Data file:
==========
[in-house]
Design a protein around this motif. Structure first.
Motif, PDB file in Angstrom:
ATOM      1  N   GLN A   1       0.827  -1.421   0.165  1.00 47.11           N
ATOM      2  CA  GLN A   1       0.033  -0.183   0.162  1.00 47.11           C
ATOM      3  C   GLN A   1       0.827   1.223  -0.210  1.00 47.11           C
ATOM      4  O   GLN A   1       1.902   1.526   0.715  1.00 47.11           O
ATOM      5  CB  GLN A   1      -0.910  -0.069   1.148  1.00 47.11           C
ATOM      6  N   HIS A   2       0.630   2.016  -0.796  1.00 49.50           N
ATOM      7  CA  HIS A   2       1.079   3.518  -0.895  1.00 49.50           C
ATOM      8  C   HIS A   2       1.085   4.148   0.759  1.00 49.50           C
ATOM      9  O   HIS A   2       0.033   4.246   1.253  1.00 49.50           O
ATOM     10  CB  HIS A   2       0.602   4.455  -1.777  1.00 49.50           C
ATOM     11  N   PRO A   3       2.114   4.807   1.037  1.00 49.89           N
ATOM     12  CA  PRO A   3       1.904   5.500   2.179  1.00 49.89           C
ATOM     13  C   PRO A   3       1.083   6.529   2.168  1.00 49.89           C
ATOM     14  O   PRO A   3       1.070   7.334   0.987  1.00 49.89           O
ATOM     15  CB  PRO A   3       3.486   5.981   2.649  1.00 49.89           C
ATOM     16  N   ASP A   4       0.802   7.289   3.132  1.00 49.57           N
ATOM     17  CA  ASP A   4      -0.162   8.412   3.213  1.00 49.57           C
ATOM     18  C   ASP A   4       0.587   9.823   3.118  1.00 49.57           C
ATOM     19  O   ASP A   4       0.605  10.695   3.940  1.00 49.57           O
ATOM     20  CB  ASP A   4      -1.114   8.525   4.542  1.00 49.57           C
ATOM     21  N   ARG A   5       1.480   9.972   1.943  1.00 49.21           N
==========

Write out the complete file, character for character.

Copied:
[in-house]
Design a protein around this motif. Structure first.
Motif, PDB file in Angstrom:
ATOM      1  N   GLN A   1       0.827  -1.421   0.165  1.00 47.11           N
ATOM      2  CA  GLN A   1       0.033  -0.183   0.162  1.00 47.11           C
ATOM      3  C   GLN A   1       0.827   1.223  -0.210  1.00 47.11           C
ATOM      4  O   GLN A   1       1.902   1.526   0.715  1.00 47.11           O
ATOM      5  CB  GLN A   1      -0.910  -0.069   1.148  1.00 47.11           C
ATOM      6  N   HIS A   2       0.630   2.016  -0.796  1.00 49.50           N
ATOM      7  CA  HIS A   2       1.079   3.518  -0.895  1.00 49.50           C
ATOM      8  C   HIS A   2       1.085   4.148   0.759  1.00 49.50           C
ATOM      9  O   HIS A   2       0.033   4.246   1.253  1.00 49.50           O
ATOM     10  CB  HIS A   2       0.602   4.455  -1.777  1.00 49.50           C
ATOM     11  N   PRO A   3       2.114   4.807   1.037  1.00 49.89           N
ATOM     12  CA  PRO A   3       1.904   5.500   2.179  1.00 49.89           C
ATOM     13  C   PRO A   3       1.083   6.529   2.168  1.00 49.89           C
ATOM     14  O   PRO A   3       1.070   7.334   0.987  1.00 49.89           O
ATOM     15  CB  PRO A   3       3.486   5.981   2.649  1.00 49.89           C
ATOM     16  N   ASP A   4       0.802   7.289   3.132  1.00 49.57           N
ATOM     17  CA  ASP A   4      -0.162   8.412   3.213  1.00 49.57           C
ATOM     18  C   ASP A   4       0.587   9.823   3.118  1.00 49.57           C
ATOM     19  O   ASP A   4       0.605  10.695   3.940  1.00 49.57           O
ATOM     20  CB  ASP A   4      -1.114   8.525   4.542  1.00 49.57           C
ATOM     21  N   ARG A   5       1.480   9.972   1.943  1.00 49.21           N